Deadly Nightshade Volunteers in the Vegetable Garden

We grow the usual garden plants, including a few varieties of tomatoes, hot and sweet peppers, ground cherries, peas, beans, cucumbers, garlic, lettuces, radishes, carrots and many herbs. This year we added into the mix the tomatillo. If it weren’t for the Tomato Family, we would have a garden half as big. The tomatoes, peppers, ground cherries and tomatillos are all members of this family.

We plant seedlings or seeds for many of the vegetables that we want to grow. In addition to planting known veggies, we allow certain ones that re-seed themselves to come up again. Lettuces, cherry tomatoes, and ground cherries are the common re-seeders. The only problem with this method is that the garden can quickly become overgrown if the volunteers are not thinned out vigorously. We learned that last year.

This year a new problem cropped up. A weedy plant was left to grow in the vegetable garden presumably because of its mistaken identity. We’re pretty good at pulling weeds and mulching to keep the weeds from overtaking the garden, but somehow this one weed was left to grow too big.

It turns out that the leaves of this alien plant look a lot like the leaves of the ground cherry. It was hiding under a cherry tomato, and when that was staked up the odd plant was finally noticed. Once detected, it was left to grow a while just for observation. It was pulled out before the fruit was dropped, so hopefully next year we won’t have a garden full.

The alien plant in question was the deadly Common Nightshade, Solanum nigrum. It’s a member of the Tomato family or the Nightshade family, Solanaceae. Other family members include plants that give edible fruits, such as the tomato, potato, ground cherry, bell pepper, chili pepper and eggplant. Tobacco is another useful family member.

Common nightshade hiding among the cherry tomatoes.
Common nightshade hiding among the cherry tomatoes. Photo taken 25 July 2011.

Being in the tomato family suggests some similarity between these plants. Common Solanum characteristics include the flower shape with five petals that are often reflexed backwards, yellow stamens that form a beak around the central pistil, and somewhat triangular-shaped leaves.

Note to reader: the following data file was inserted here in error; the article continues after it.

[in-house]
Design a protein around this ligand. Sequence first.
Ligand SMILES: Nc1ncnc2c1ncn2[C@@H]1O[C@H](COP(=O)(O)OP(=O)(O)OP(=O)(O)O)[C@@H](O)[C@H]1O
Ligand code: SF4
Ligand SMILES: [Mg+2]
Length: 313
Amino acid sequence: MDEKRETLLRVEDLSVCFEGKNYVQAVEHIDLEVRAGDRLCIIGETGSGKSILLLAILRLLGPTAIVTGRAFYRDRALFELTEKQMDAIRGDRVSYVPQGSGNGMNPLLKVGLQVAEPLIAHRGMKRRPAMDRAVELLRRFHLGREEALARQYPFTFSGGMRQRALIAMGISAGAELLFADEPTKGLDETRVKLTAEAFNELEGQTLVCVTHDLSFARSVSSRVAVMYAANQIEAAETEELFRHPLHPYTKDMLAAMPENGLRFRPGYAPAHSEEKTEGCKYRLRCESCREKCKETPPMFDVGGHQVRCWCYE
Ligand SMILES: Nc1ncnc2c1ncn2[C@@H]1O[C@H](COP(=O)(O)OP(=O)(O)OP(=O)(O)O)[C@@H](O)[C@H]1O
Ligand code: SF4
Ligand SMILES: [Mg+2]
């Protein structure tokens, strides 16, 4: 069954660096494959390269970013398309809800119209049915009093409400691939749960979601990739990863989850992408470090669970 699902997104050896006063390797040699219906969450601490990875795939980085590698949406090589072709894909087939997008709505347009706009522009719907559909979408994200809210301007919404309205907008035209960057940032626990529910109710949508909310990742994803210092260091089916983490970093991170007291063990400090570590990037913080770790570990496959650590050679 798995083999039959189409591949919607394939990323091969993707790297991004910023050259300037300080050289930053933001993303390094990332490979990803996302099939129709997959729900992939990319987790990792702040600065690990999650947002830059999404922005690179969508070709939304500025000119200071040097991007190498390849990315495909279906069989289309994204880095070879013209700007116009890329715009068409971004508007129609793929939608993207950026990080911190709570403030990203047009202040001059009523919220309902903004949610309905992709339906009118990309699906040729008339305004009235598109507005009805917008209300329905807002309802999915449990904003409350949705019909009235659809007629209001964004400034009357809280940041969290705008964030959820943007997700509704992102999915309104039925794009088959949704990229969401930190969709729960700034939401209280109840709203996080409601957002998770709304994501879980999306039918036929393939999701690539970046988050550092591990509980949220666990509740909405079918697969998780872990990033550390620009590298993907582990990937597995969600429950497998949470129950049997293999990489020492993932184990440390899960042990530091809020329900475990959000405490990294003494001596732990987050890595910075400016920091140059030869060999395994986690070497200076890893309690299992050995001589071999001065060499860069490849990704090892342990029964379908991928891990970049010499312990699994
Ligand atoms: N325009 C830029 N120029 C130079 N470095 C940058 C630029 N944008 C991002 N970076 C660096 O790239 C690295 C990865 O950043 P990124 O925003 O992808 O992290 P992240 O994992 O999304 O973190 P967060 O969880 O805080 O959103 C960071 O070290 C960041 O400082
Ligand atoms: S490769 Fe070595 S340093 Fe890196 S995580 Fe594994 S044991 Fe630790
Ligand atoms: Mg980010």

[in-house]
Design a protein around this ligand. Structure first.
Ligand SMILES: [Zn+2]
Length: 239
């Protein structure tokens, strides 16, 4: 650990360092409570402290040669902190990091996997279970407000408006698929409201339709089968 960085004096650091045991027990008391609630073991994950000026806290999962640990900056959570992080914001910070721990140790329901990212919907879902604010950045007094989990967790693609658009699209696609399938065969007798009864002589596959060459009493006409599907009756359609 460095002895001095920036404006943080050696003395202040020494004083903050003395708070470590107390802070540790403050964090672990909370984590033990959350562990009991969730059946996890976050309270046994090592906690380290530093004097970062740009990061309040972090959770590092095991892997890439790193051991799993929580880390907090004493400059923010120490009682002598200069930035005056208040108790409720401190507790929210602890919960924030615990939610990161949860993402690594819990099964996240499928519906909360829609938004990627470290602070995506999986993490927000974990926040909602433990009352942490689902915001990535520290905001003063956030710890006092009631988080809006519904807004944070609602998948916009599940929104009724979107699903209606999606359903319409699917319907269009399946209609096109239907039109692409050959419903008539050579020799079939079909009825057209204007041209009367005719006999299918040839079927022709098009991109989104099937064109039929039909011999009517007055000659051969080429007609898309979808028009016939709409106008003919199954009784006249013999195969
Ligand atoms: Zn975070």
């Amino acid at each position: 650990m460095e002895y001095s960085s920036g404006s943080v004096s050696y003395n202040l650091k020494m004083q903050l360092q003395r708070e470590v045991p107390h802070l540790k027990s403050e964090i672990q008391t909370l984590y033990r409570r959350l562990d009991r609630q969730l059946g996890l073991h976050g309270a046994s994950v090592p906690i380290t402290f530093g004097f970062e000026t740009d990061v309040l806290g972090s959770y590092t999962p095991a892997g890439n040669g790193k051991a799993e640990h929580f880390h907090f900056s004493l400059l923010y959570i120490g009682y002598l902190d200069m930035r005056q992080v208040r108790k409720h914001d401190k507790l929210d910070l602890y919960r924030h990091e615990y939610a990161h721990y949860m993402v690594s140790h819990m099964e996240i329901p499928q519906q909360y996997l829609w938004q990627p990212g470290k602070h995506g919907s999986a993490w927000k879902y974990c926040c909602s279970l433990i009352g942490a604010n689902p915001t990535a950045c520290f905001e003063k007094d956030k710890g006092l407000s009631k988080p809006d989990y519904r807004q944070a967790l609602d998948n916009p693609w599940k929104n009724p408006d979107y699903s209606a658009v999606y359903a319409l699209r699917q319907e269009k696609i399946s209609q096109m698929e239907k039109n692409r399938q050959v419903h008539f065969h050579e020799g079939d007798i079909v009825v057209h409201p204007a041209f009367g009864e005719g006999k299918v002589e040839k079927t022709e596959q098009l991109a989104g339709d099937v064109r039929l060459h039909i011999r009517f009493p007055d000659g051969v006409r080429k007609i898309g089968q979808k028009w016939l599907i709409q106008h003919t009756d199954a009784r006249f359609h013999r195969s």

Bug-bitten leaves of nightshade and five-petaled white flowers.
Bug-bitten leaves of nightshade and five-petaled white flowers. Photo taken 17 August 2011.

Tomatoes, ground cherries and tomatillos are similar to the common nightshade. It seemed a little odd that the nightshade leaves were full of holes whereas the others were not. Of course they all had insect damage, but the small roundish holes in the nightshade leaves weren’t seen as much in the other tomato relatives.

Large lower leaves of Common Nightshade. Note the black or green berry clusters that arise in between leaves right from the main stem.
Large lower leaves of Common Nightshade. Note the black or green berry clusters that arise in between leaves right from the main stem. Photo taken 17 August 2011.
Leaves of the ground cherry plant look similar to the leaves of nightshade.
Leaves of the ground cherry plant look similar to the leaves of nightshade. Photo taken 25 August 2011.

Common places to find this nightshade are disturbed areas, waste ground and cultivated grounds, such as found in the vegetable garden. We probably have birds to thank for dropping seeds wherever they go.

Green and black berries of Common Nightshade. Note the five, star-like sepals of the berries.
Green and black berries of Common Nightshade. Note the five, star-like sepals of the berries. Photo taken 17 August 2011.

DO NOT INGEST NIGHTSHADE BERRIES OR ANY PLANT PART! A chemical called solanine is found in all parts of the plant and it is toxic. See comments below.

18 thoughts on “Deadly Nightshade Volunteers in the Vegetable Garden”

  1. Please read the article by Samuel Thayer on black nightshade. It is available on the Internet, and can be found on his website, He says the toxin, solamine, is not present in the ripened berry of black nightshade. I am most interested in receiving a reply from you after you have read his article. Please let me know what you think, as the two of you (at the time you wrote this article) have opposing beliefs about the fruit of black nightshade. Did his article change your mind? If not, why not?
    Thankyou in advance for any consideration you are willing to give this matter.
    Sincerely, Dean Graves (

  2. Hey Dean,
    I remember being shown by my mother that the black nightshade berries were not to be eaten. And, always, the word nightshade seemed to be preceded by deadly. I guess that’s the safe way to instruct the curious child, go for safety.

    However, I can’t argue with the guy who’s written the book on foraging for food as Samuel Thayer has also been inducted into the National Wild Foods Hall of Fame. Who knew?